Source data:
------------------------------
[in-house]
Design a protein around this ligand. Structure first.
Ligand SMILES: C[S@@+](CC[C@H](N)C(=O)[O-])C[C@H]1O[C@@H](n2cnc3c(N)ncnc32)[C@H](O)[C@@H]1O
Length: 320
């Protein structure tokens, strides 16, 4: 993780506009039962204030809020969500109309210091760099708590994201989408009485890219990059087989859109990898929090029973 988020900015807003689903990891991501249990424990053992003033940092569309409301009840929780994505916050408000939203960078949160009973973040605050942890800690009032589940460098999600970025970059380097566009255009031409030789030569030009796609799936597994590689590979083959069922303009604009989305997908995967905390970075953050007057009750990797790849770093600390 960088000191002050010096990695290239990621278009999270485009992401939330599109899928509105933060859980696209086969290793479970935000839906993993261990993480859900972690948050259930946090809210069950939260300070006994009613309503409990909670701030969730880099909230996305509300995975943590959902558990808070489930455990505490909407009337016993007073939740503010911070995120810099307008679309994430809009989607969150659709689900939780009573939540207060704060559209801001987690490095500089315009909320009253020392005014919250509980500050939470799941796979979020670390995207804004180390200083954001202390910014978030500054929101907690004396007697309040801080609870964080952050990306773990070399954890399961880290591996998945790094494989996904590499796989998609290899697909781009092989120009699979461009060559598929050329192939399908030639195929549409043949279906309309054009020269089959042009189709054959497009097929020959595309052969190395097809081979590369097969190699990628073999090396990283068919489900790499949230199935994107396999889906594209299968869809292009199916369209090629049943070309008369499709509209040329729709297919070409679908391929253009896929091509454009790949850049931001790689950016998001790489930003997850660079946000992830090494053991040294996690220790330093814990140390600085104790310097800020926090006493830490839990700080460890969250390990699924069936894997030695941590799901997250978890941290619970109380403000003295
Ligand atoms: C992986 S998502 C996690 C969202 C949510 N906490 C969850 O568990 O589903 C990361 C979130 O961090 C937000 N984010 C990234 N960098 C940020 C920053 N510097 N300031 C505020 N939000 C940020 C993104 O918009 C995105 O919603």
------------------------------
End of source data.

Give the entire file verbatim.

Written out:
[in-house]
Design a protein around this ligand. Structure first.
Ligand SMILES: C[S@@+](CC[C@H](N)C(=O)[O-])C[C@H]1O[C@@H](n2cnc3c(N)ncnc32)[C@H](O)[C@@H]1O
Length: 320
């Protein structure tokens, strides 16, 4: 993780506009039962204030809020969500109309210091760099708590994201989408009485890219990059087989859109990898929090029973 988020900015807003689903990891991501249990424990053992003033940092569309409301009840929780994505916050408000939203960078949160009973973040605050942890800690009032589940460098999600970025970059380097566009255009031409030789030569030009796609799936597994590689590979083959069922303009604009989305997908995967905390970075953050007057009750990797790849770093600390 960088000191002050010096990695290239990621278009999270485009992401939330599109899928509105933060859980696209086969290793479970935000839906993993261990993480859900972690948050259930946090809210069950939260300070006994009613309503409990909670701030969730880099909230996305509300995975943590959902558990808070489930455990505490909407009337016993007073939740503010911070995120810099307008679309994430809009989607969150659709689900939780009573939540207060704060559209801001987690490095500089315009909320009253020392005014919250509980500050939470799941796979979020670390995207804004180390200083954001202390910014978030500054929101907690004396007697309040801080609870964080952050990306773990070399954890399961880290591996998945790094494989996904590499796989998609290899697909781009092989120009699979461009060559598929050329192939399908030639195929549409043949279906309309054009020269089959042009189709054959497009097929020959595309052969190395097809081979590369097969190699990628073999090396990283068919489900790499949230199935994107396999889906594209299968869809292009199916369209090629049943070309008369499709509209040329729709297919070409679908391929253009896929091509454009790949850049931001790689950016998001790489930003997850660079946000992830090494053991040294996690220790330093814990140390600085104790310097800020926090006493830490839990700080460890969250390990699924069936894997030695941590799901997250978890941290619970109380403000003295
Ligand atoms: C992986 S998502 C996690 C969202 C949510 N906490 C969850 O568990 O589903 C990361 C979130 O961090 C937000 N984010 C990234 N960098 C940020 C920053 N510097 N300031 C505020 N939000 C940020 C993104 O918009 C995105 O919603």